“Trust Chairman gets backing from local MP for new Football Club Licensing Scheme”
Of the 92 football clubs in the top four divisions 52 have at some stage become insolvent, including Posh. On many occasions clubs have been separated from their grounds, often unceremoniously and secretly for the value of the land, including Posh.
If Supporter’s Direct, the parent organisation of supporters trusts gets its way then these statistics will change dramatically for the better.
The Culture Media and Sport Select Committee of Parliament has recently recommended the adoption of a new football licensing system and the Government has said it accepts this recommendation.
The Supporters Direct outline proposals include a limit on the amount of debt that a football club could hold and a limit to a club’s expenditure, closely related to what it earns. Any benefactors would face restrictions on their loans so that they could not suddenly withdraw their funding in a way which sends the club into insolvency. Committed long term owners should not be significantly affected.
For “Fit and Proper” trusts there would be rights for them to have information on the club finances, be asked for approval for the sale of the ground and for any club relocation. In addition these trusts would have a right to nominate a supporter director to the board and have pre-emption rights on any sale of shares in the club. This is being called “regulation from below” and would effectively give the fans and wider community some protection from unscrupulous owners and directors.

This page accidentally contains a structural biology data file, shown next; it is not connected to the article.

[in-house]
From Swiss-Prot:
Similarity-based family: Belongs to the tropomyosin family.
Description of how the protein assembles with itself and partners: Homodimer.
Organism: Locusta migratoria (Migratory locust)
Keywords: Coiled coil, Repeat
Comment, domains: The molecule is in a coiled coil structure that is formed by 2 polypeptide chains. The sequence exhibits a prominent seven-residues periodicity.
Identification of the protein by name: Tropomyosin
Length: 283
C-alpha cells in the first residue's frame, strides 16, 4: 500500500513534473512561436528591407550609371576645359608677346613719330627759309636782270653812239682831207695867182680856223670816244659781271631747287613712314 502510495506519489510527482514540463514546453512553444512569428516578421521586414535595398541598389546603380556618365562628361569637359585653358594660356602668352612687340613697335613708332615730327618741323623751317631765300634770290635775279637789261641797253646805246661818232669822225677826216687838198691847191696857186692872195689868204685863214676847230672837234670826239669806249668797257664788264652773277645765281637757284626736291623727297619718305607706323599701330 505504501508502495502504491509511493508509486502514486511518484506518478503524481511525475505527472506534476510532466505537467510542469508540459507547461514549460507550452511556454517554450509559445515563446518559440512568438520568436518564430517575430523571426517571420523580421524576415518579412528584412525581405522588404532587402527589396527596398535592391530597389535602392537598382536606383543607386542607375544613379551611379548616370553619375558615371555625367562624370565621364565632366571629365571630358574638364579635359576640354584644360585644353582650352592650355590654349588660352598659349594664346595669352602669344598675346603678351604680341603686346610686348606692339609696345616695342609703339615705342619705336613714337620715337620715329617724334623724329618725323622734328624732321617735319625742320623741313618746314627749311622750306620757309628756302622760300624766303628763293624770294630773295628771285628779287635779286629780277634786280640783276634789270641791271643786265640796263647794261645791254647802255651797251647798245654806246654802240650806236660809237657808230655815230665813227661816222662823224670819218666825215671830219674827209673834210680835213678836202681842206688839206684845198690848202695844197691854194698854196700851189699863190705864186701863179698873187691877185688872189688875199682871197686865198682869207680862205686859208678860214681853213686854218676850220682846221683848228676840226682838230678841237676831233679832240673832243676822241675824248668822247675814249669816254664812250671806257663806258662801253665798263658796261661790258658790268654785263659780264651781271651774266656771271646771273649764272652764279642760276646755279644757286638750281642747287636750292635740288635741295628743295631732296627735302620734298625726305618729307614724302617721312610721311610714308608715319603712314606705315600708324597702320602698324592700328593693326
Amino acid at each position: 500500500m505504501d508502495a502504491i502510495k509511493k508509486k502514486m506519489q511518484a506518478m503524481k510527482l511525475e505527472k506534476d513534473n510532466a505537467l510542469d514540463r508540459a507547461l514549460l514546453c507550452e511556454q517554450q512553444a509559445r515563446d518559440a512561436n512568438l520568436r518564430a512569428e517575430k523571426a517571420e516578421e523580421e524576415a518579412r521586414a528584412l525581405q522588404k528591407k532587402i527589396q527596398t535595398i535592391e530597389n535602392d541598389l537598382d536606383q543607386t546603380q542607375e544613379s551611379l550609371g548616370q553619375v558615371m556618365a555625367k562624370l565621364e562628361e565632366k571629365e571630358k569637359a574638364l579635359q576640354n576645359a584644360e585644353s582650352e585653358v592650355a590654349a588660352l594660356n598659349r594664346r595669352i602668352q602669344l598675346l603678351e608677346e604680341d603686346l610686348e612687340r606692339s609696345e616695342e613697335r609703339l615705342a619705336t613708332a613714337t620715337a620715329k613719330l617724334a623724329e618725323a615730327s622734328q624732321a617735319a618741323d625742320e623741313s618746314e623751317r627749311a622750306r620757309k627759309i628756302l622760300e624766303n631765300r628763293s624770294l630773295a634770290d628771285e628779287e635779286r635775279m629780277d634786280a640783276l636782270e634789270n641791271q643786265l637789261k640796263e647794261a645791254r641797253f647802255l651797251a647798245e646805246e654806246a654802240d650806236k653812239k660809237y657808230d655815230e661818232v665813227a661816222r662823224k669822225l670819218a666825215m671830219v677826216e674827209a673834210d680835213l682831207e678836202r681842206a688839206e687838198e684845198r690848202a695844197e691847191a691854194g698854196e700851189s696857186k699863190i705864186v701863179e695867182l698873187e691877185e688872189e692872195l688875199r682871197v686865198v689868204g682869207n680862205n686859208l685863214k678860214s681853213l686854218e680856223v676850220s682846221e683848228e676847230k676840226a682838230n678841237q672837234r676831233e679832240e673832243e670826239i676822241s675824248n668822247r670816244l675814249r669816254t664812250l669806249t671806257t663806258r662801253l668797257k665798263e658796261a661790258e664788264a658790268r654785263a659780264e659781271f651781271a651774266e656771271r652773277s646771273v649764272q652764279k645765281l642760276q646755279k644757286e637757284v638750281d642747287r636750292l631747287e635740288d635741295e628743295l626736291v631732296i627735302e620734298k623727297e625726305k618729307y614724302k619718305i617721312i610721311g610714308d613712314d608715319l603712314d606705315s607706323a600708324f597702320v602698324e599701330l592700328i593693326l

Trust chairman Barry Bennett met with North West Cambridgeshire MP Shailesh Vara, (in whose constituency the Posh ground is) to ask him to support the proposals. He said that he was very happy to do so and would attend a meeting on 1st February in Parliament when Supporters Direct presented their proposal to MPs.
Showing a real mood swing in the direction of these changes, no less than 49 MPs including Mr Vara put their names down to attend the meeting. Former chairman Peter Lloyd attended on behalf of the Trust and talked at length with Mr Vara who was again very supportive. In fact he said that he had already lobbied the key decision maker Hugh Robertson MP, the sports minister.
This presentation to MP’s on 1st February was very well timed, as the full Culture, Media & Sport Select Committee’s report on Football Governance is scheduled for a Westminster Hall Debate on Thursday 9th February.
We now wait to see what proposals the FA comes up with after it analyses and discusses the Select Committee Report. Hopefully any reform is not hijacked by the Premier League which may have its own reasons for not wishing to see any constraints on the behaviour of the owners of clubs. At least parliament is well aware of the need for some changes to secure the long term future of established and much loved football clubs.